HUNDREDS gathered to question civic leaders about the future of Sunderland.
Leisure facilities, a live music venue and late-night shopping were just some of the issues raised at the annual State of the City Debate last night.
This year’s panel included Sunderland City Council leader Councillor Paul Watson and chief executive Dave Smith; Dr Ian Pattison, chairman of Sunderland’s Clinical Commissioning Group; Ken Bremner, chairman of the Sunderland Partnership; and Chief Superintendent Kay Blyth from Northumbria Police.
Three questions which had been voted for by Wearsiders in advance – viewed as the most important to the city – were put to the panel by Richard Moss, from the BBC, who chaired the event.
The first was about the Crowtree Leisure Centre.
Mr Smith told the audience at Sunderland University’s CitySpace: “We’ve been seeking to provide as many opportunities to as many people in Sunderland in terms of leisure and sports facilities.”
However, some audience members said that facilities such as the Aquatic Centre do not cater for families, and nothing had come close to replacing the Crowtree Leisure Centre in that respect.
Mr Smith said the poor condition of the building meant it would not be financially viable to reopen the centre.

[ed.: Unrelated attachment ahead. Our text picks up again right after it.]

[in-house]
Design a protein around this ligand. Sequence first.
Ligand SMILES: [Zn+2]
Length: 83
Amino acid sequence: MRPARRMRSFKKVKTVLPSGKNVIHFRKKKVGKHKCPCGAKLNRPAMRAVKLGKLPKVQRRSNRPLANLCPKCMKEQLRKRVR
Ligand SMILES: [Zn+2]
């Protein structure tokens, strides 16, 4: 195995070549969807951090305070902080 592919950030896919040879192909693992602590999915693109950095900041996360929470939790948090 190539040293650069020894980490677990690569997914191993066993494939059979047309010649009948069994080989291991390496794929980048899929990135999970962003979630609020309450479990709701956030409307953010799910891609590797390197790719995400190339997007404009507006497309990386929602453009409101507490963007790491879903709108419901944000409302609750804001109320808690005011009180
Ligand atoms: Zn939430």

The revitalisation of the ailing city centre was next on the agenda.
Coun Watson said: “The city centre is one of the five aims in the city’s masterplan.
“We need to get to grips with that in the next few years, and we know there’s a long way still to go.”
He spoke about the creation of a public square at St Mary’s.
Also, the plans for a new railway station and creating a business district that would in turn mean more people spending in the city centre were discussed.
The last predetermined question for the panel was if a credible music venue in the city would be built.
Mr Smith said that Sunderland was “rediscovering” its music roots, which would drive forward the music scene and venues.
He added that events such as Split Festival would help create more venues and opportunities for live music in the future in Sunderland.
WHAT is happening to improve shopping in Sunderland?
That was one of the issues which saw the audience get increasingly vocal at the debate.
One woman said the new Primark extension to The Bridges would not cater to the fashion tastes of elderly Wearsiders.
“Older people would not want to go there. Older people have a disposable income. There’s a small Debenhams or a small Marks and Spencer, but if I want to buy a new outfit I get straight on the train to Newcastle.”
That earned her a round of applause.
Another woman claimed that Sunderland city centre did not cater for anyone.
She also wanted to know why there was no late-night shopping in the centre.
Coun Paul Watson said: “Late-night shopping is being actively considered which would increase the footfall to the centre.”
Another woman said she wanted to be proud to bring friends and family to visit Sunderland – but there were very few attractions to show them.